When people talk about commercial icons, the Creepy Burger King is roundly considered the most unsettling. Awhile back, though, there was one I thought was worse: Smiling Bob.
Bob was a youngish retro white-collar fella who was always grinning due to his great big elephantine penis, which kept his wife happy and even impressed his business associates. This was all thanks to Enzyte, the herbal male enhancement drug for which Bob was the front man.
God, how I hated him. He looked like the guy none of the neighbors would be surprised to find drunk in their tool shed in a rubber diaper … again. And though I’m sure his David Lynchian presence is part of why I remember him, it’s also because he was on TV as the face of a male sexual enhancement product, and was on often enough to make an impact.
Compare that to the story of Zestra Essential Arousal Oils, a female sexual enhancement product targeting women of a certain age: those too old to know much about Katy Perry but too young to be embalmed. My age.
Zestra has an attractive, informative, sensible commercial featuring a few nice-lady-next-door type actresses speaking with refreshing frankness about how age and childbirth have changed their level of sexual interest and how they miss their libidos. After a description of how Zestra works—it’s a topically applied blend of botanicals that enhances sensitivity to touch—they talk about how much it’s increased their satisfaction and has made them sexual Benjamin Buttons, restoring their feelings of youthful arousal and reviving their sex lives. It’s made them happy.
The ad is no more adult or racy than anything you’ve seen on Oprah. Indeed, Dr. Hilda Hutcherson gave the product a ringing endorsement on the Rachel Ray Show, which you can see on Zestra’s website.
The "offending" ad. Watch at your own risk!
So the product already been on TV, somewhere between your morning commute and your first latte break, and yet the marketers of Zestra tried about 100 TV stations and could only get the ad placed at SoapNet and Discovery Health. Other stations either relegated it to time slots when no one would see it, requested changes or said that no changes would make it appropriate, according to The New York Times.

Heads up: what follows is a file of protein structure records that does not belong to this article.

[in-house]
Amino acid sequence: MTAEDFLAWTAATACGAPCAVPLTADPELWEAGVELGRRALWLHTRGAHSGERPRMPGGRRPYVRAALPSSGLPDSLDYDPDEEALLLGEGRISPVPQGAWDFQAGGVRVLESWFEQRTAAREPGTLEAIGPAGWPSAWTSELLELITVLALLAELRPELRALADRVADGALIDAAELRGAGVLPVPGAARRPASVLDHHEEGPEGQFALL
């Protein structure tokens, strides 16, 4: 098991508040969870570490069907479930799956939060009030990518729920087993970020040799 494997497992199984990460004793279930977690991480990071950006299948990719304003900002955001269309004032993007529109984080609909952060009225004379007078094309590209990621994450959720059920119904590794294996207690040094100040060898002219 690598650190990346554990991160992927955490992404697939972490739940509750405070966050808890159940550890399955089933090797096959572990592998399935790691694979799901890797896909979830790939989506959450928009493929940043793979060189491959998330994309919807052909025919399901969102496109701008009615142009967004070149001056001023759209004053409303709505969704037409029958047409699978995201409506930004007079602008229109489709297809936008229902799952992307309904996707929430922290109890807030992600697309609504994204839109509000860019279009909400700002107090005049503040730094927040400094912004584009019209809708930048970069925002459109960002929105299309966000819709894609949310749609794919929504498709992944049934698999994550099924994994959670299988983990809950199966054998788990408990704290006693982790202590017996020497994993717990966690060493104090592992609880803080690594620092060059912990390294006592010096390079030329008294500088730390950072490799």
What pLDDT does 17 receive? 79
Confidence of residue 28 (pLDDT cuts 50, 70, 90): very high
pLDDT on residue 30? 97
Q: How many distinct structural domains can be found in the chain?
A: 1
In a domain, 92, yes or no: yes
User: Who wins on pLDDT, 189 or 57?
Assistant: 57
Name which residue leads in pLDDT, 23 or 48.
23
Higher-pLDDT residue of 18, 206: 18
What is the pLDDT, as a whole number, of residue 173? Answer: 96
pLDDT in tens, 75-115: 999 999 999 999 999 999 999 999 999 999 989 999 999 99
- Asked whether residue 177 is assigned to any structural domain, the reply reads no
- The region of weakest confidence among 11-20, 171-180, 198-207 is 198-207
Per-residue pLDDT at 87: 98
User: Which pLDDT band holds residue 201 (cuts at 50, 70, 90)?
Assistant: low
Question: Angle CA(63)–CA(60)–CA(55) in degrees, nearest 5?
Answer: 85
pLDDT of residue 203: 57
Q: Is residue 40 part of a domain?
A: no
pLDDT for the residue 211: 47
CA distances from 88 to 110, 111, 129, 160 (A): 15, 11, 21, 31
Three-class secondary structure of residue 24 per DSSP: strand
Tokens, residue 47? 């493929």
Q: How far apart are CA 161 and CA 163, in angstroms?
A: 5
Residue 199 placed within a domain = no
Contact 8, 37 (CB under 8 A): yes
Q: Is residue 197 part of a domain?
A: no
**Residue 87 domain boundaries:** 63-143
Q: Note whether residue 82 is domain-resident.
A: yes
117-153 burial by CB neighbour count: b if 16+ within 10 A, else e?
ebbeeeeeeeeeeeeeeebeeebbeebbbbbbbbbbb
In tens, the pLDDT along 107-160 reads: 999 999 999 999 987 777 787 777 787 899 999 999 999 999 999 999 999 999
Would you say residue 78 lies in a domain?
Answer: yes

Honestly, are we that big a bunch of pansies? Paris Hilton’s quasi-porn for Burger King is okay (Advertising Age’s “Sexualized Sandwiches” says it all).
Smiling Bob and his male enhancement product was okay, but we can’t take a mature discussion about women, moms even, wanting sex? After all getting laid is how they became moms. They might remember it fondly and want to try it again (bet they use birth control this time). It’s so dispiriting that there never seems to be anything adult about the way adult issues are handled in 2010 America.
In the long run, though, I wonder if those prudish stations did Zestra a favor.
Like most people I haven’t watched a TV commercial on purpose since I got DVR. When it comes to that remote and getting past the ads I have a faster trigger finger than Doc Holliday. In 2008 AOL Tech reported on a study that said 85 percent of 1,000 global participants skipped three-quarters of TV ads. This year, The Guardian UK reported that 86 percent of Brits zipped through commercials—even while declaring them the most memorable type of advertising.
Even when I do remember an ad, I seldom recall the product being advertised. I remembered Smiling Bob, but had to look up the name Enzyte. I remember the Creepy Burger King, but I haven’t eaten at a BK since I was in London 10 years ago and tried their “Baked Bean Dippers”—which were like fries, only with baked beans in them (and were the only bad food I had in England, including, yes Ma’am, the yummy Spotted Dick).
Had Zestra been on TV, I’d probably never have heard of it. Instead Zestra made it to the worldwide water cooler, and now here I am talking about it online, as are many others.
I can tell you that in a 2010 clinical trial for Zestra that 70 percent of the test subjects, age 21 to 65 reported that it improved sexual satisfaction. I can also tell you about a University of Texas study which reported that even women on the placebo in one clinical trial of a female sexual enhancement drug (though it doesn’t say which) showed some improved satisfaction thanks to being encouraged to communicate more about sex. (Imagine, women being excited by communication. Wake the Nobel Committee!)
When female friends tell me they’re having troublingly low libidos, the things I usually recommend are sensuous, indulgent, prolonged self-stimulation and also doing something … anything … that you’re good at because confidence is a brilliant aphrodisiac and wherever you have it in life you can bring it to bed. But I’m also likely to remember Zestra and mention it as well.
So, I’m no Pollyanna but maybe Zestra’s brush with discrimination will end up having a silver lining—or in its case, a rich, rosy, fulsome, highly sensitized and happy one.